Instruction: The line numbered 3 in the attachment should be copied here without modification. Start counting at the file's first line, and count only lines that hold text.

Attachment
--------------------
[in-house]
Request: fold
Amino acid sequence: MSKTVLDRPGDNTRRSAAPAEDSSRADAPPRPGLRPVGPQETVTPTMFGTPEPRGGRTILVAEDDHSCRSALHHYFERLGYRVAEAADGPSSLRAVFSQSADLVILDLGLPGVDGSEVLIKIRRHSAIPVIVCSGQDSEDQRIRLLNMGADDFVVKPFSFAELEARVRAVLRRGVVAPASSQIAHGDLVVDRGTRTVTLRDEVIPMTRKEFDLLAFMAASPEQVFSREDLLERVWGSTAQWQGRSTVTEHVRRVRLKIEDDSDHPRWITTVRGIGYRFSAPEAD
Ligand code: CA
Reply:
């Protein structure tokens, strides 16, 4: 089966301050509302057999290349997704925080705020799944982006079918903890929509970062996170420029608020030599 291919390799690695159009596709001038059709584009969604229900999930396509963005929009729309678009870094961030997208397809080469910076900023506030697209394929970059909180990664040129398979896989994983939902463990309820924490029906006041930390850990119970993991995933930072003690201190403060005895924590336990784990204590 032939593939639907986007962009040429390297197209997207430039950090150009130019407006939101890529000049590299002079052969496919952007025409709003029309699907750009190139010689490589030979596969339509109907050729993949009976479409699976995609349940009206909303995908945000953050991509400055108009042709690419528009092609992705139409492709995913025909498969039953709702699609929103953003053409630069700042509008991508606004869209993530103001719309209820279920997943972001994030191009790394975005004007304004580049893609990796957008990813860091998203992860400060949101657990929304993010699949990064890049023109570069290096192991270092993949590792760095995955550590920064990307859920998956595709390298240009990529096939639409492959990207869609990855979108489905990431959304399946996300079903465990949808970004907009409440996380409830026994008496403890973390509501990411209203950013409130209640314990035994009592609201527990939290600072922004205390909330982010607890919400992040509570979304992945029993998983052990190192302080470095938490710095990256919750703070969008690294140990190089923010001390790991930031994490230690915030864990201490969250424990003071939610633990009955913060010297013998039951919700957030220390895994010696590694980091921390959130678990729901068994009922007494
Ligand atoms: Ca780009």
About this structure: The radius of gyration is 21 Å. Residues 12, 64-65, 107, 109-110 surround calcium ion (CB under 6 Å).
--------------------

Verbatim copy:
Amino acid sequence: MSKTVLDRPGDNTRRSAAPAEDSSRADAPPRPGLRPVGPQETVTPTMFGTPEPRGGRTILVAEDDHSCRSALHHYFERLGYRVAEAADGPSSLRAVFSQSADLVILDLGLPGVDGSEVLIKIRRHSAIPVIVCSGQDSEDQRIRLLNMGADDFVVKPFSFAELEARVRAVLRRGVVAPASSQIAHGDLVVDRGTRTVTLRDEVIPMTRKEFDLLAFMAASPEQVFSREDLLERVWGSTAQWQGRSTVTEHVRRVRLKIEDDSDHPRWITTVRGIGYRFSAPEAD